After I exited the office, I walked into the hallway where two big baskets of dirty laundry had been sitting there for over a week, and then I was triggered again. I know a dirty pile of laundry sounds more absurd than the first trigger, right? But a pile of untouched dirty laundry (that desperately needs to be done) seems to look at me and shout, “I don’t respect you.” Let me tell you how this trigger came to be. Growing up, I had to clean up after myself before fun was to be had. I was taught that every member in a household is required to help around the house, but this was not the case in my husband's home. Bum. Bum. Bum.
2) What unpleasant memory a pile of dirty laundry sparks?
My husband's mother did everything for her children, including all the household chores.
At times, she would ask for help, but if nobody helped her, she just cleaned the messes up herself. Unfortunately, because of the way my husband’s mother constantly picked up after him, my husband didn't develop any healthy habits about helping tidy up a shared space. The great news is my husband truly wants to help out around the house. He wants us to be a team when it comes to our home, but since he never had to do this for the first 21 years of his life, it’s so easy for him to revert to his old habits of leaving the home a mess until I come along and clean up after him.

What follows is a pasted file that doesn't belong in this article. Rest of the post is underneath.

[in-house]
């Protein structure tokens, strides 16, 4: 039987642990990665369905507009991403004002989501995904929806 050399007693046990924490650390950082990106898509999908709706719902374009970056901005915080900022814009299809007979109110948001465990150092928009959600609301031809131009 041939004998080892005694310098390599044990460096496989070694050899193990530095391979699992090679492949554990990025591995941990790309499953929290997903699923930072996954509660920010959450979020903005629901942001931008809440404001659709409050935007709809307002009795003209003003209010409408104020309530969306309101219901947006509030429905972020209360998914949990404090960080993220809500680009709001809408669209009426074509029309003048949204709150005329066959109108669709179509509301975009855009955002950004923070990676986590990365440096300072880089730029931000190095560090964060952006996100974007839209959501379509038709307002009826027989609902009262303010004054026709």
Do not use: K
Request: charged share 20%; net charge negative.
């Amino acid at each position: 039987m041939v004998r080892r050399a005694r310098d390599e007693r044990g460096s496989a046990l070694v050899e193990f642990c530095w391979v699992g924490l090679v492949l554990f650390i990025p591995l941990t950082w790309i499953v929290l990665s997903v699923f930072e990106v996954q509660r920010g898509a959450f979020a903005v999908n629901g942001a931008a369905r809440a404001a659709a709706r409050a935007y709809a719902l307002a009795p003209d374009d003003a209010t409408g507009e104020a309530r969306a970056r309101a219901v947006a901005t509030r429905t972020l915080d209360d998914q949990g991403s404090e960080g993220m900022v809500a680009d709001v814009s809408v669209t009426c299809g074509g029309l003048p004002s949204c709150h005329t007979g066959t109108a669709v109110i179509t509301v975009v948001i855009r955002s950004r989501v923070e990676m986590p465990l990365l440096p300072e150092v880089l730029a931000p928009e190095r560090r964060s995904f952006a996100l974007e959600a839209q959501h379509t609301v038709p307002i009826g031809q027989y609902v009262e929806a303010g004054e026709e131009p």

So, when I looked at that disgusting pile of laundry, that had been sitting there for days, my mind remembered how much I loathed watching his poor mother clean up after the entire family over the holidays like she was their personal maid. Then my mind flashed to the first year we lived together and how hard it was to live in the same space with a man that hardly cleaned up after himself. I recalled all the feelings I felt that year of feeling unappreciated and taken advantage of and just like that I was triggered.